One more thing I wonder about is the difference in locations of the headquarters of Fringe Division. The Alternate team’s headquarters is located in New York City, perhaps due to proximity to the Department of Defense, yet on Our Side, Fringe Division is located in Boston. Even more interesting, Alternate Fringe Division has the big fancy set-up which we can see at the beginning of the episode; that same room, though more bare-bones as it is in the process of being built, seems about to become our Fringe Division’s headquarters on our side, albeit in Boston. Broyles comments to Olivia that the reason they were able to get funding was because of Peter.
Speaking of Broyles, I would be remiss if I didn’t mention one of my favourite scenes of Fringe ever: when Broyles takes Olivia to the “Monkey House” – Massive Dynamic’s experimental site where the Cortexiphan kids are being trained – Nick is so overjoyed at seeing Olivia that he transmits to everyone else in the room, except for Olivia, whom we know is unaffected by his empathy from Bad Dreams, and seemingly Sally, who I assume has some sort of resistance from her relationship with Nick. But it is the Nick’s effect on Broyles that is priceless. We have certainly seen Broyles smile before, but this was the first time hearing him laugh. And Lance Reddick certainly has an infectious laugh; I kid you not, I laugh every time I watch this scene. It was also rather amusing to see Olivia’s reaction to Broyles’ laughter.
Olivia’s reaction to Broyles
Before I finish this, I just wanted to discuss Bell for a little bit. First of all, I like him, despite myself. I have no idea where he stands, and it makes him one of the most intriguing characters. It is so hard to pin down his motives and really trust him, but at the same time there is just something about him and the fact that he fairly oozes sincerity that makes you want to believe that he is on the level. And so while I hope that we will see that Olivia’s trust in him is justified, I am not entirely sure that that will turn out to be the case.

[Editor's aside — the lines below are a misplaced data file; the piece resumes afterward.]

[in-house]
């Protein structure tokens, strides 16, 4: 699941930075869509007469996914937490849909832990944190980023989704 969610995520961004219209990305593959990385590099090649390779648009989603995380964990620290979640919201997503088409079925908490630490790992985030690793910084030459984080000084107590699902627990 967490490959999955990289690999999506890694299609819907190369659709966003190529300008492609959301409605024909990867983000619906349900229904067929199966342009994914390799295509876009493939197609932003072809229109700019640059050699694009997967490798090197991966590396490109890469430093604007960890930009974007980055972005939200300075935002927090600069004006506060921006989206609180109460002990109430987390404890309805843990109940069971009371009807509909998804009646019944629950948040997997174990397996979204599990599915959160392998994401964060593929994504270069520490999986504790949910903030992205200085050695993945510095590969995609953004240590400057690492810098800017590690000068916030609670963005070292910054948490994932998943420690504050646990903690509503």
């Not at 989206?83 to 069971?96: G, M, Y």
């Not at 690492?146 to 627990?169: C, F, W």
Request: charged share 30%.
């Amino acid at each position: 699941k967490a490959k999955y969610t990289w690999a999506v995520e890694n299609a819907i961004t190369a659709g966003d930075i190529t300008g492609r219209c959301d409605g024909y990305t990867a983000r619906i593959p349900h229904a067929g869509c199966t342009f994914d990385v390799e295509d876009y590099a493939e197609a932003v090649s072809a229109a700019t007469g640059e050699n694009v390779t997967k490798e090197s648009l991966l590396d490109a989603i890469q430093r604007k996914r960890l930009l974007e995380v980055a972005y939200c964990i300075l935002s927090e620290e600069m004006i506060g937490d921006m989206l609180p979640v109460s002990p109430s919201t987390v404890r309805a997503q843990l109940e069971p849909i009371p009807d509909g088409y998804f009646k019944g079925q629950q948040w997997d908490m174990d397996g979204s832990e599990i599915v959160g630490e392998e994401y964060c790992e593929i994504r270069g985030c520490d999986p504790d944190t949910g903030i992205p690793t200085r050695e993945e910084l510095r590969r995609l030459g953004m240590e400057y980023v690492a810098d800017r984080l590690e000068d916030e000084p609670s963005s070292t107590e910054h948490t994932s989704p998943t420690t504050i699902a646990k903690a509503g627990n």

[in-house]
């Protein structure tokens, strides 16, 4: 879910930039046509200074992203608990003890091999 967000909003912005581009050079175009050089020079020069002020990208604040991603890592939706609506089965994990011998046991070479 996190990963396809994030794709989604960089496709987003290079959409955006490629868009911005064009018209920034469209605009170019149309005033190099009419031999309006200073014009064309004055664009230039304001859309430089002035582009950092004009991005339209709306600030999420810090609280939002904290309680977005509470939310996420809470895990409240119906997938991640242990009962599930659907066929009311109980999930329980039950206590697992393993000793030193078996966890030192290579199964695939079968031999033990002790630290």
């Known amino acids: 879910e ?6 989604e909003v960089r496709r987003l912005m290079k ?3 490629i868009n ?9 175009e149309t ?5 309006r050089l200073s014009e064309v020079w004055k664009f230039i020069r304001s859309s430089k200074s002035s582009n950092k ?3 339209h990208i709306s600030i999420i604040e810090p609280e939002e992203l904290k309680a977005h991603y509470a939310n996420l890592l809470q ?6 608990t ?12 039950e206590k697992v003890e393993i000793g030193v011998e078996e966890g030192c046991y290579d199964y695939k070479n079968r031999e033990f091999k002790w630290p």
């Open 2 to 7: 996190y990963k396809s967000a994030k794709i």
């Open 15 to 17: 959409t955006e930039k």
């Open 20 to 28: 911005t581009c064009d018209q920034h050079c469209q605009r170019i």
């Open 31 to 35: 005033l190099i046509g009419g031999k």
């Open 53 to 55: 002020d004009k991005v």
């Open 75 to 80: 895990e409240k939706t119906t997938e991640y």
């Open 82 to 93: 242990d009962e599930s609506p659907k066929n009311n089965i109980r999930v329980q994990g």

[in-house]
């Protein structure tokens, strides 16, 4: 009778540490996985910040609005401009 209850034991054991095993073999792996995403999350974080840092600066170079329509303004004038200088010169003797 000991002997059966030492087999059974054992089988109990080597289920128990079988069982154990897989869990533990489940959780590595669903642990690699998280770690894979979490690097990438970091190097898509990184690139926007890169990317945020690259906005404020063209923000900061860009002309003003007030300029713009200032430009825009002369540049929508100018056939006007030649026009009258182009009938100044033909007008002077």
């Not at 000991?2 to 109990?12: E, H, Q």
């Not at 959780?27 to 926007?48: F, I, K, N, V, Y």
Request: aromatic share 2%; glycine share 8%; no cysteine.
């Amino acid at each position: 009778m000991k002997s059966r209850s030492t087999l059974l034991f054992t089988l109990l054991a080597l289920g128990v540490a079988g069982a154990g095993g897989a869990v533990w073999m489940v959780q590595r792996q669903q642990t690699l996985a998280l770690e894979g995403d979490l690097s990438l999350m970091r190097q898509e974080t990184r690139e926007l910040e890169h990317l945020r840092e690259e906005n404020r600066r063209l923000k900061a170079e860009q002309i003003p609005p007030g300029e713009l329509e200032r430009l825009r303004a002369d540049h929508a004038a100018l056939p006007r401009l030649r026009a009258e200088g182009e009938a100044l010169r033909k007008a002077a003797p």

If you consider, for a moment, the events in Central Park: Olivia takes her entire team there and ends up being ambushed by Alternate Fringe Division, leaving Nick and Sally dead, Walter separated from Olivia and shot, and Olivia entirely on her own in this Other World. Not only does she not know whom to trust, but she literally has nowhere to go. I found it rather interesting that she would choose to seek out her doppelganger; I suppose if you can’t trust yourself, who can you trust?
And yet the only people who knew where they were to meet Bell were Nina and Bell. So how did the Alternates know exactly where to ambush Olivia and her people? This ties back into the fact that Bell was the one who removed Walter’s brain bits (recall Jacksonville) and would have been the only person who could have possibly known where they were hidden, and yet Newton was able to somehow gain access to that information which, more than likely, had never been recorded anywhere. There are only two explanations with which I can come up: Bell willingly told the Alternates the information and is collaborating with them, for whatever reason; or the Alternates can somehow intercept Nina’s communiqués to Bell. This may explain some of the Other Side’s knowledge given that Nina has apparently been sending fairly regular communications to Bell over the years.